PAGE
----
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Crumar T2 Organizer (1978) drawbar organ
Crumar Digital Synthesizer DS2 (1978)
Crumar Performer (1979) analog polyphonic ensemble keyboard
Crumar Spirit (1983) analog synthesizer
Crumar Bit One (1984) analog polyphonic synthesizer[1]
Crumar Bit 99 (1985) analog polyphonic synthesizer

Crumar was an Italian electronic musical instrument manufacturer established by Mario Crucianelli in the late 1960s,[2] which manufactured synthesizers and keyboards during the '70s and '80s. Its name stands for "CRUcianelli and MARchetti", the names of Crucianelli and business partner Marchetti.[2] The company appears to have grown out of the Crucianelli accordion company and also continued to manufacture accordions under both names.

History and products[edit]

Crumar started out manufacturing electronic pianos and string synthesizers, such as the Compac-piano (1972/1973), Compac-string (1973), Pianoman (1974) and Stringman (1974), the functions of which were combined in 1975 with the Multiman (also known as the Orchestrator), and in 1977 with the Multiman-S.[2] The company was also known for "clonewheel" organs made in the 70's and 80's, such as the Organizer (1974), Organizer T1 (1978) and T1/C (1981), T2 (1978), and T3 (1981).[2]

In 1978, Crumar released their first full-fledged synthesizer, the DS-2, which had one of the earliest digitally controlled oscillators (DCO).[3] Crumar synthesizers are comparable and contemporaneous to Moog synthesizers and other analog synthesizers; in fact, the Crumar Spirit synthesizer (1983) was designed by Bob Moog himself, along with Minimoog co-designer Jim Scott and Tom Rhea (who wrote Moog manuals).[4] In 1984,[2] Crumar began producing polyphonic synthesizers utilizing DCOs under the Bit name (Unique in the US).[4] The Performer is a polyphonic analog Strings and Brass machine produced at the end of the 1970s and is slightly compact with just 49 keys and is fully polyphonic (can play all 49 notes simultaneously). Programming is simple and clearly laid-out with just 15 sliders and a few buttons. A solid black chassis and wood end-cheeks round out this classic and often overlooked string machine. The Performer is best remembered for its Strings more so than its Brass and was used by Duran Duran.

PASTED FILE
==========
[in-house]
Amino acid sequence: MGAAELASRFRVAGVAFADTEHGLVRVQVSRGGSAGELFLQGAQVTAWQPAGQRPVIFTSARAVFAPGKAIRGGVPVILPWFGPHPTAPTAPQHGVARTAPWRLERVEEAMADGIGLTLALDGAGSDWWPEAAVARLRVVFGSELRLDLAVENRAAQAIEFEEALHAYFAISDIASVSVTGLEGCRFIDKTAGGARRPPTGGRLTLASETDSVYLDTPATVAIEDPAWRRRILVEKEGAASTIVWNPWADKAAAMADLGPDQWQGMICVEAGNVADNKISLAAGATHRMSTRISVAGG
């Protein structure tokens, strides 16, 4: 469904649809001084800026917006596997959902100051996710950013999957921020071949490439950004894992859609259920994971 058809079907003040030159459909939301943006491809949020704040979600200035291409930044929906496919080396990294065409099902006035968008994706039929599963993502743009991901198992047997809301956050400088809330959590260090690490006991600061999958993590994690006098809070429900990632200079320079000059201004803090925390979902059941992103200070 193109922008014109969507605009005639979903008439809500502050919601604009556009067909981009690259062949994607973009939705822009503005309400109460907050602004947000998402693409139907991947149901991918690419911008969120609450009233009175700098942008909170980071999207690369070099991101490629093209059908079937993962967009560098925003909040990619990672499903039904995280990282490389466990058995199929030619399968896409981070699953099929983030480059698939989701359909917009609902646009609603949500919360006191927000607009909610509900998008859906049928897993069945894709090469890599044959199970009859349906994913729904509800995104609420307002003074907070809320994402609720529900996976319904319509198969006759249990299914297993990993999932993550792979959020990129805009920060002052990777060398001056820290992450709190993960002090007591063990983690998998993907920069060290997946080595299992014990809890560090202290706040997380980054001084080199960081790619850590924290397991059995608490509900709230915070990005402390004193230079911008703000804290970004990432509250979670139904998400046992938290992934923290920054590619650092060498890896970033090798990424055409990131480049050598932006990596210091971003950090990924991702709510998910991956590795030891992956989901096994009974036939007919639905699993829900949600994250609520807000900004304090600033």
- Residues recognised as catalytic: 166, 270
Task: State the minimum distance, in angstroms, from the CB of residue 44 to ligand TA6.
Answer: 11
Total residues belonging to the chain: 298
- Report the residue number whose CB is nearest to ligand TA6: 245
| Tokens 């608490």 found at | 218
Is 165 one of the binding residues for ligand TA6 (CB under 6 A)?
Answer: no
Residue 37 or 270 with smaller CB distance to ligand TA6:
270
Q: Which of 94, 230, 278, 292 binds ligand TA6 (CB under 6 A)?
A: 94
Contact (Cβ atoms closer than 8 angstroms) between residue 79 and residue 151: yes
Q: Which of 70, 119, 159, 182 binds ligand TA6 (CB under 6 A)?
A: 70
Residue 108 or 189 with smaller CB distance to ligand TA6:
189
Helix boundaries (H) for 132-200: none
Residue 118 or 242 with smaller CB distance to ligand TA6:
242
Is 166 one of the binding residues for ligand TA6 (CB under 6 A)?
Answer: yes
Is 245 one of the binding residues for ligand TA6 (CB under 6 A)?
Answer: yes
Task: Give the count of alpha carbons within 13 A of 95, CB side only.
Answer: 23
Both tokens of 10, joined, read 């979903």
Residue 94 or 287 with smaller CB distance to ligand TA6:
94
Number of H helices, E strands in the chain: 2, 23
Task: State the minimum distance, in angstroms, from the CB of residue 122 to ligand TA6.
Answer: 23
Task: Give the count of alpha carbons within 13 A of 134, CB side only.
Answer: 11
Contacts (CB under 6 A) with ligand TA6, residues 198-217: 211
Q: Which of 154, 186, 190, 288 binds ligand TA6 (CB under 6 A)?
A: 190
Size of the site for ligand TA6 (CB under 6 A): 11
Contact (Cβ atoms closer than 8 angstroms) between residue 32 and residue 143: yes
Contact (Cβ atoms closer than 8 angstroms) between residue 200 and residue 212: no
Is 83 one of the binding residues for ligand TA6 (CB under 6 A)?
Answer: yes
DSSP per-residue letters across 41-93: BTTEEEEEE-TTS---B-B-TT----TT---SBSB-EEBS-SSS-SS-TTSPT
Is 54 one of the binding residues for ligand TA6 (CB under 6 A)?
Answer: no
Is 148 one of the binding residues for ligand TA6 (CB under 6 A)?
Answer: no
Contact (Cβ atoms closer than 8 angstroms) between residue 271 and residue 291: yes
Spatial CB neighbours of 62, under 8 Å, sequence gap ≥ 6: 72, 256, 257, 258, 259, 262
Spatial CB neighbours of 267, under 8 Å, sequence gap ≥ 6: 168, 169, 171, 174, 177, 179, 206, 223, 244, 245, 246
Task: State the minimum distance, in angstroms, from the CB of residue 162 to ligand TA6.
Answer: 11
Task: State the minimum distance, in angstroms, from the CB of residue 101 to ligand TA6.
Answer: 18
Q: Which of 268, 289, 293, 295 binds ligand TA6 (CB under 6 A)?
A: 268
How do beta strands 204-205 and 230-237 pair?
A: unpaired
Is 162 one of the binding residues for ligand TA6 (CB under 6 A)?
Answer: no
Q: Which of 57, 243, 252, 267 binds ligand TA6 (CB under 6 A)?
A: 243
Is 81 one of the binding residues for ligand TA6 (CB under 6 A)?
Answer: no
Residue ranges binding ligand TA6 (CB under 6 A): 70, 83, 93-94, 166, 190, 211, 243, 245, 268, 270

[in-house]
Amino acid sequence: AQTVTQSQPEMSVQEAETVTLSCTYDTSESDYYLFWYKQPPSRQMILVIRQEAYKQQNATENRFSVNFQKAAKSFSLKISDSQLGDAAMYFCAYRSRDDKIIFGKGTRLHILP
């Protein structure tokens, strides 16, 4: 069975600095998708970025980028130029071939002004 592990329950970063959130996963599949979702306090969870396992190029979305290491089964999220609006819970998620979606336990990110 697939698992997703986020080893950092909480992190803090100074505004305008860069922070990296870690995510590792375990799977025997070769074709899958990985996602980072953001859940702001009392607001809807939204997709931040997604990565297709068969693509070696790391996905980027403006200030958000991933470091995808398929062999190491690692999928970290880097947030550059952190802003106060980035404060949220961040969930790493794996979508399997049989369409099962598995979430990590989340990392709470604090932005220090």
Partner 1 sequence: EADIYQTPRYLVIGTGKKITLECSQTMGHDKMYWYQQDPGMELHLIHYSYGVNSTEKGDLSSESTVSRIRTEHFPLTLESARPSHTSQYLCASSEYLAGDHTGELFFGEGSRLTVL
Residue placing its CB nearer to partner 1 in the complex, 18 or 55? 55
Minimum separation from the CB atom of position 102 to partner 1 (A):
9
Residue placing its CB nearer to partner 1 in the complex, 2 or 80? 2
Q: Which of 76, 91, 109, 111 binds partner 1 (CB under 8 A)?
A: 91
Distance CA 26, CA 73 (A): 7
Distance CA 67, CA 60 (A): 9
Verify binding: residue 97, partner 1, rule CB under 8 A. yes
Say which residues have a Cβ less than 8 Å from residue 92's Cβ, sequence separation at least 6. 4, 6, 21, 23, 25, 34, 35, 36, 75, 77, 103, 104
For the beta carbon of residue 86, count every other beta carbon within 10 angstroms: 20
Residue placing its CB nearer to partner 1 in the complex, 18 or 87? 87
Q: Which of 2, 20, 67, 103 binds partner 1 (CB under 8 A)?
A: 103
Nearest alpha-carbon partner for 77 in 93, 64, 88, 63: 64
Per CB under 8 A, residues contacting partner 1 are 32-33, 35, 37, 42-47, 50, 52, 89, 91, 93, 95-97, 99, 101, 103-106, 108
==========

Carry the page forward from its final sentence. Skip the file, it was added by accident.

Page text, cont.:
In the early 1980s, Crumar formed a design/distribution collaborative with New York-based Music Technology (MT) in an effort to commercialize the Bell Labs Digital Synthesizer. Crumar and the MT designers worked in conjunction with some respected names in electronic music to produce the Crumar GDS (General Development System)[5] in 1980, and the Digital keyboards Synergy[6] in 1981. These synthesizers, which used additive synthesis technology and phase modulation, were bulky and cumbersome, but were state-of-the-art at the time. The complexity of this project, along with Japanese competition (notably from the Yamaha DX7) contributed to the company's eventual downfall.

Crumar ceased trading in 1987, just as they were about to launch a high-quality sampler at the lower end of the market.